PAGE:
'I Didn't Want Anyone To Think I Was Bad In Bed': The Dating Myth That Needs To Stop

"I then allowed them to go back out into the wild with misplaced confidence and zero bedroom skills, thinking that they had mastered this sex thing..."

'I Didn't Want Anyone To Think I Was Bad In Bed': The Dating Myth That Needs To Stop

Image Credit: @gypsea_lust

From overestimating how often your friends have sex to assuming first date ‘thrills’ are a no go if you want something to develop into a serious relationship, we’ve busted all sorts of bedroom myths over the years here at DMARGE.

Speaking of taboo topics, iconic Instagram account @lalalaletmeexplain, which regularly shares viral dating culture memes (alongside cutting analysis of each one), recently posted an insight everyone could do with hearing.

The British page admin, who describes themselves as a qualified sex and relationships educator, wrote that there is more to “fake moaning” than you might think.

An anthropological assessment, if you will.

“To the women who have slept with anyone I dated between the years 1998 and 2016, I am sorry. I convinced those men that inserting a penis into a vagina produced magical sensations and that a few pumps with no clitoral stimulation resulted in screaming orgasms. I let them believe that they had Godly willys that had to do nothing more than go in and out for 6 minutes to achieve climax. I then allowed them to go back out into the wild with misplaced confidence and zero bedroom skills, thinking that they had mastered this sex thing, and I am truly apologetic to all the women that came after me (or rather didn’t cum) for that.⁣⁣⁣⁣”

“When we tell men that good sex for women requires far more than penetration,” she continued, “many of them don’t believe us. They often scoff at the idea and make out that there must be something wrong with us because ALL of their previous partners came at least 12 times every single time they had sex. The fakery is so common and so rife that they just cannot get their heads around the fact that 8 out of every 10 women they have slept with definitely did not cum from their penis alone.”

“Their confidence has been bolstered so much over the years that they find it very difficult to accept the truth. It’s a bruise to their fragile egos to feel that aged 30 they now need to unlearn everything they thought they knew. Porn really does not help with this. You can tell a lot about a man from how he responds to conversations about the orgasm gap. Decent men take the learning on board, narcissistic/lazy/selfish men refuse to hear it.”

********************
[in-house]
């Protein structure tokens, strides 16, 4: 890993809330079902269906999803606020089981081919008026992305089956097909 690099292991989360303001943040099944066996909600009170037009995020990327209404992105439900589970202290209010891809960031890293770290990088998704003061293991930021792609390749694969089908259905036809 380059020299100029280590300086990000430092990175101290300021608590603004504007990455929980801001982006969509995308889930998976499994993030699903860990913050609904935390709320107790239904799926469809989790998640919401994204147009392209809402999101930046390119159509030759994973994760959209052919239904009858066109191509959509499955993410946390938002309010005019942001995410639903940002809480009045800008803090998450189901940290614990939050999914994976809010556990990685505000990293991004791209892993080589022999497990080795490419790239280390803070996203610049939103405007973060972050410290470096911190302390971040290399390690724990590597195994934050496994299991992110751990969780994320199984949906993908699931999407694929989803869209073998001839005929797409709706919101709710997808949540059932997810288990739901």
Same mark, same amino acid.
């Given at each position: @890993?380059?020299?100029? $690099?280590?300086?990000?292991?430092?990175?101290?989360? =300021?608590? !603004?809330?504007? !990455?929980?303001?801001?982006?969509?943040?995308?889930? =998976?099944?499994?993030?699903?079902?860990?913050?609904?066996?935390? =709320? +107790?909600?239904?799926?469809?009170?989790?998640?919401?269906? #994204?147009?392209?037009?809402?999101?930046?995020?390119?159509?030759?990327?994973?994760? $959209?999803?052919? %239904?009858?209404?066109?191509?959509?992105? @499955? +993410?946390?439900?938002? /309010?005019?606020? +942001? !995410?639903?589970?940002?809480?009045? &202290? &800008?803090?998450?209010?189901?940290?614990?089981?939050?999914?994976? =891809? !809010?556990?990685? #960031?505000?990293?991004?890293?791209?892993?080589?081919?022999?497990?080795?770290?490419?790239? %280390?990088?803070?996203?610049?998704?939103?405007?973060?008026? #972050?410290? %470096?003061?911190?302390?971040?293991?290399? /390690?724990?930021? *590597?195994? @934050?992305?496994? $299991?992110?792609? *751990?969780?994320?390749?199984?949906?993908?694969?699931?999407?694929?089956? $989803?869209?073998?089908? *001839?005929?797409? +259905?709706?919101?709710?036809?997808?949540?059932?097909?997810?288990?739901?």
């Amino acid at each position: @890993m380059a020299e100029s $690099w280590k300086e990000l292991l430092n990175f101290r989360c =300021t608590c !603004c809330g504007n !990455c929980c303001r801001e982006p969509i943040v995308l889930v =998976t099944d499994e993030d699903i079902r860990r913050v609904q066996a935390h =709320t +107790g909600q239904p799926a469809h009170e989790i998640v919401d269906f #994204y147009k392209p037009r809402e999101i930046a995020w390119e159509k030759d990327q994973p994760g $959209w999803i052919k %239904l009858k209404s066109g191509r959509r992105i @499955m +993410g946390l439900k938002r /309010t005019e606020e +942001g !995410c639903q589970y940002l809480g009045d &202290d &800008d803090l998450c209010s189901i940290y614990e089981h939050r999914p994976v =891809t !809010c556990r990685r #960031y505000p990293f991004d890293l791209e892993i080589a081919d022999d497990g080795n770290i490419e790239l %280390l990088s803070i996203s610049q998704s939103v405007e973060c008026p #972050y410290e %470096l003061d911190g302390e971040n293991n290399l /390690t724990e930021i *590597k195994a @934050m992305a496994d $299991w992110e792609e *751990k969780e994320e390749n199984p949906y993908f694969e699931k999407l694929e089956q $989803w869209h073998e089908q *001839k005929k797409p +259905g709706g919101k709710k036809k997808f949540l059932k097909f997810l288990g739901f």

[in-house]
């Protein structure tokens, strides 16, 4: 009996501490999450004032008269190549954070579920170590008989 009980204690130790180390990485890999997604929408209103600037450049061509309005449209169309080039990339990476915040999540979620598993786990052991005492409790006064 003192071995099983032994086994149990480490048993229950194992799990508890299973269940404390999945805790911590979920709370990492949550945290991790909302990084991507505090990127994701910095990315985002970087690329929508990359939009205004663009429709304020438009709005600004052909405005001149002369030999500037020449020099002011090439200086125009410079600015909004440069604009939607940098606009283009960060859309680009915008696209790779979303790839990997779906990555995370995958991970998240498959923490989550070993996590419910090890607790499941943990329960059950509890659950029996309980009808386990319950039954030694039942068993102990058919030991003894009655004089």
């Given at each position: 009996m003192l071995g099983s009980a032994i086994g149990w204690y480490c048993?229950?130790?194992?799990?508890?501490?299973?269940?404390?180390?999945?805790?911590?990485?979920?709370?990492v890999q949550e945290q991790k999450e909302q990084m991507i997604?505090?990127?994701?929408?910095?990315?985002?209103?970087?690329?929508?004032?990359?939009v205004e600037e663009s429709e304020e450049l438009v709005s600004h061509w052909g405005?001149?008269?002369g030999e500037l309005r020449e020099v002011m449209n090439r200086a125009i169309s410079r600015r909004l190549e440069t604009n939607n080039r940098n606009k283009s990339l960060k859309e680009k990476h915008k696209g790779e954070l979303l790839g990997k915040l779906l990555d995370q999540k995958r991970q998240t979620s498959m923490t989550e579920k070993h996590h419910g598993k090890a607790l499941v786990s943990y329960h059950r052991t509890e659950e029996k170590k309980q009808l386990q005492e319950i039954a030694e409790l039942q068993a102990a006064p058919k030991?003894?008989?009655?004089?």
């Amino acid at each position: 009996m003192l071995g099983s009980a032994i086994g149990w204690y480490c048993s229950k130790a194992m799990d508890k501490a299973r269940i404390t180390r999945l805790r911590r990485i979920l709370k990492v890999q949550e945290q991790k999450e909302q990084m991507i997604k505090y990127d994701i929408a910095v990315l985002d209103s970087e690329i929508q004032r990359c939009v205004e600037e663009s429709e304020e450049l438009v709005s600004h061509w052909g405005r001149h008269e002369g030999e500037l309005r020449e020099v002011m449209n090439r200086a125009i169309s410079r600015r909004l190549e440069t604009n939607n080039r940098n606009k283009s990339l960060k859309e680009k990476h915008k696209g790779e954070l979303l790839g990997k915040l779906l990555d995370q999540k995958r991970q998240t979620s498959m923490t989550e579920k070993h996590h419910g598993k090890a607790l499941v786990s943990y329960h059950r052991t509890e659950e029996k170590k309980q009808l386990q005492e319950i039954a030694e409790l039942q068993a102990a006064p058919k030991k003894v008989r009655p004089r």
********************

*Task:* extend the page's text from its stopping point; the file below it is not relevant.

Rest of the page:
“As well apologising to my exes future partners, I also want to apologise to myself. I tolerated dead, man focused sex for years because I really didn’t know any better. I thought I was broken and that I didn’t have the physical ability to cum with a man present and so I gave up on even trying. I faked it because I didn’t want anyone to think I was bad in bed – the irony – and because after a while I knew I wasn’t going to cum so I felt I needed to fake it for it to end. This has to stop. We have to find our voices and our orgasms and we have to stop giving mediocre men false confidence.”

This comes in a context of other hookup debates, which have done the rounds online as of late, like who should pay for the morning after Uber and should you pretend to know what you’re doing when you haven’t got a clue?

On the former topic, Katie Wilson, Director of Communications at HUD, a “sex positive app,” previously spoke to DMARGE about how on-the-surface simple issues like “who should pay for the Uber” (and fake moaning) can betray much deeper sociological phenomenons.

On the Uber issue, Katie said, “Society has evolved beyond ‘A man must always hold the door open, fetch the lady’s wrap, and pull out her chair at dinner.”

“I think the whole reason this is a social dilemma is that there aren’t any set rules about this sort of thing.”

“Women are taking control of their sexuality, wanting to be able to date (and to have sex) like men do, and of course this means they should be able to order their own Uber after a hookup.”

But just because they’re able to, doesn’t always mean they’re obliged to: “Looking more deeply, I think this is an issue of equity more than simple equality.”

“Typically, women put a lot more effort (and money) into a hookup than men do. We wax and groom our bodies, put on expensive lingerie, do our makeup – all of which cost a lot of time and a small fortune to the typical male’s ‘shower and body spray’ pre-hookup routine.”

“So even before a hookup takes place, we’ve made a significant investment in it.”

“For the guy to order me an Uber after we hook up is an acknowledgment that he sees the effort and wants to do his part.”

“And here’s a dirty little secret that men don’t know about – cishet (someone who identifies as the gender they were born with and is attracted to someone of the opposite gender) hookups are not only more geared toward men just because women who seek casual sex are often branded as sluts while men are lauded for being players, but also, there’s the orgasm gap to consider.”

“Research shows that up to 70 per cent of women don’t actually reach orgasm during male-female sex, while over 90 per cent of men do.”

“So are you trading an Uber for the fact that you had an orgasm and she didn’t?”

“Ultimately, treat people the way you want to be treated. Have some respect for what women go through, not just physically but emotionally and culturally, in order to be the sexually liberated woman you’re hooking up with.”

“Do men really want to go back to the days when sex was only supposed to take place in the missionary position in your darkened marital bedroom? Then pay for the damn Uber. It’s a small price compared to what women have to deal with.”

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